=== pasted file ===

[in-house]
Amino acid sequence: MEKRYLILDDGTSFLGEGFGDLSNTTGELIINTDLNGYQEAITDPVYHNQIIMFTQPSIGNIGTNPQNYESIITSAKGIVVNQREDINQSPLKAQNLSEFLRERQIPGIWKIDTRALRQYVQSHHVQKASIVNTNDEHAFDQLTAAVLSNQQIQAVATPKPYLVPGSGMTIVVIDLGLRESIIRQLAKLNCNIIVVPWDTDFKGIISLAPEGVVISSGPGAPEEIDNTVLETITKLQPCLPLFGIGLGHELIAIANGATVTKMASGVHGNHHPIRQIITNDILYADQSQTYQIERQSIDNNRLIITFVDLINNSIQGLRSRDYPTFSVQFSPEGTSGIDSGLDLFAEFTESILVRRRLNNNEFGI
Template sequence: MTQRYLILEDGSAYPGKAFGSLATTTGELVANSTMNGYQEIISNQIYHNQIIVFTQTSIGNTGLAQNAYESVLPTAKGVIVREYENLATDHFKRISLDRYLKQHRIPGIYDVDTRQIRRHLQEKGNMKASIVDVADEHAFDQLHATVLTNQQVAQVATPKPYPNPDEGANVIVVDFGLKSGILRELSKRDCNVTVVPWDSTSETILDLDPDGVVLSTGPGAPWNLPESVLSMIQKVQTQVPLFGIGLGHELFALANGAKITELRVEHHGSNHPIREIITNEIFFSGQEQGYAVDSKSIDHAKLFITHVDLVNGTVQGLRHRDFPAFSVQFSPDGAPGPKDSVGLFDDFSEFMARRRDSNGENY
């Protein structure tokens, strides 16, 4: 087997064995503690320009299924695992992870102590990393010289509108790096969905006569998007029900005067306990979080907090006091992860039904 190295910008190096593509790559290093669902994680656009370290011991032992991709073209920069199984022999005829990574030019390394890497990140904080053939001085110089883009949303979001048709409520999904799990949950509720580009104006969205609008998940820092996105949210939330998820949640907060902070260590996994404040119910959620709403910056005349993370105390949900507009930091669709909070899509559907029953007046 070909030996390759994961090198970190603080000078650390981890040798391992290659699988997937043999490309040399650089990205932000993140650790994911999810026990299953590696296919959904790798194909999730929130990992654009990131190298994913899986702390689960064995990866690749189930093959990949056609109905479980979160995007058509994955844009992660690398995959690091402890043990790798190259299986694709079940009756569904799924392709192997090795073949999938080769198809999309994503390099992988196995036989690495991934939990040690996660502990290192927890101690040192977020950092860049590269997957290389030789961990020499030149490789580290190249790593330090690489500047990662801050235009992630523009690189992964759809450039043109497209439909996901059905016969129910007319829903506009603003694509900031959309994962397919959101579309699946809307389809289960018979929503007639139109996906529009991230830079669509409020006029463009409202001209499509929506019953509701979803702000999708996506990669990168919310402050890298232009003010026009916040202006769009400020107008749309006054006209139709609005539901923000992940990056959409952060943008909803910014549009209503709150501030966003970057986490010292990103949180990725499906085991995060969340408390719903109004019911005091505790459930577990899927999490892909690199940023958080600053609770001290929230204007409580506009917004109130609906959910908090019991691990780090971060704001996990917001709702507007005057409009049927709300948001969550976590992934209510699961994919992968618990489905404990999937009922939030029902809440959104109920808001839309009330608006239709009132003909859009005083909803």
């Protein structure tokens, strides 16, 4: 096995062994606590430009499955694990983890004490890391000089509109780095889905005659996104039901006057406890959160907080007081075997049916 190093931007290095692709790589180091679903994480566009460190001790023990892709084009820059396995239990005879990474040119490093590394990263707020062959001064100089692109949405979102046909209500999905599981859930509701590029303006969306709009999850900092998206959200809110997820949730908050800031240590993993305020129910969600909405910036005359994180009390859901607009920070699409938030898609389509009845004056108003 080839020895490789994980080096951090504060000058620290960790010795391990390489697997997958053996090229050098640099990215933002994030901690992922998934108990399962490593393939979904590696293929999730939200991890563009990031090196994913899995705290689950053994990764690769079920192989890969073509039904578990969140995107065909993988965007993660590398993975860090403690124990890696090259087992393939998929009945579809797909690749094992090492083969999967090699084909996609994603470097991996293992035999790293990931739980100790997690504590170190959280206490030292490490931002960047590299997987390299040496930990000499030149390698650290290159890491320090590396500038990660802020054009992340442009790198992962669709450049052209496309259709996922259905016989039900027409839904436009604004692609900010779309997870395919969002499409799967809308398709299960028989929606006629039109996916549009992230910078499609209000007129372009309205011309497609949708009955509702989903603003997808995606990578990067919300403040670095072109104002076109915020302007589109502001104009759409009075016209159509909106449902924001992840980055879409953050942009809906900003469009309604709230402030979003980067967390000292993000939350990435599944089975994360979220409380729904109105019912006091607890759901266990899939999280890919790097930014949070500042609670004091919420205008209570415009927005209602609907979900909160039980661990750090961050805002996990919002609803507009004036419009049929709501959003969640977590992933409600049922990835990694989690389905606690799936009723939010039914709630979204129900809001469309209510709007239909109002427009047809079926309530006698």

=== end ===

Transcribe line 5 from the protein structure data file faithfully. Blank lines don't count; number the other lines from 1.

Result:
């Protein structure tokens, strides 16, 4: 096995062994606590430009499955694990983890004490890391000089509109780095889905005659996104039901006057406890959160907080007081075997049916 190093931007290095692709790589180091679903994480566009460190001790023990892709084009820059396995239990005879990474040119490093590394990263707020062959001064100089692109949405979102046909209500999905599981859930509701590029303006969306709009999850900092998206959200809110997820949730908050800031240590993993305020129910969600909405910036005359994180009390859901607009920070699409938030898609389509009845004056108003 080839020895490789994980080096951090504060000058620290960790010795391990390489697997997958053996090229050098640099990215933002994030901690992922998934108990399962490593393939979904590696293929999730939200991890563009990031090196994913899995705290689950053994990764690769079920192989890969073509039904578990969140995107065909993988965007993660590398993975860090403690124990890696090259087992393939998929009945579809797909690749094992090492083969999967090699084909996609994603470097991996293992035999790293990931739980100790997690504590170190959280206490030292490490931002960047590299997987390299040496930990000499030149390698650290290159890491320090590396500038990660802020054009992340442009790198992962669709450049052209496309259709996922259905016989039900027409839904436009604004692609900010779309997870395919969002499409799967809308398709299960028989929606006629039109996916549009992230910078499609209000007129372009309205011309497609949708009955509702989903603003997808995606990578990067919300403040670095072109104002076109915020302007589109502001104009759409009075016209159509909106449902924001992840980055879409953050942009809906900003469009309604709230402030979003980067967390000292993000939350990435599944089975994360979220409380729904109105019912006091607890759901266990899939999280890919790097930014949070500042609670004091919420205008209570415009927005209602609907979900909160039980661990750090961050805002996990919002609803507009004036419009049929709501959003969640977590992933409600049922990835990694989690389905606690799936009723939010039914709630979204129900809001469309209510709007239909109002427009047809079926309530006698």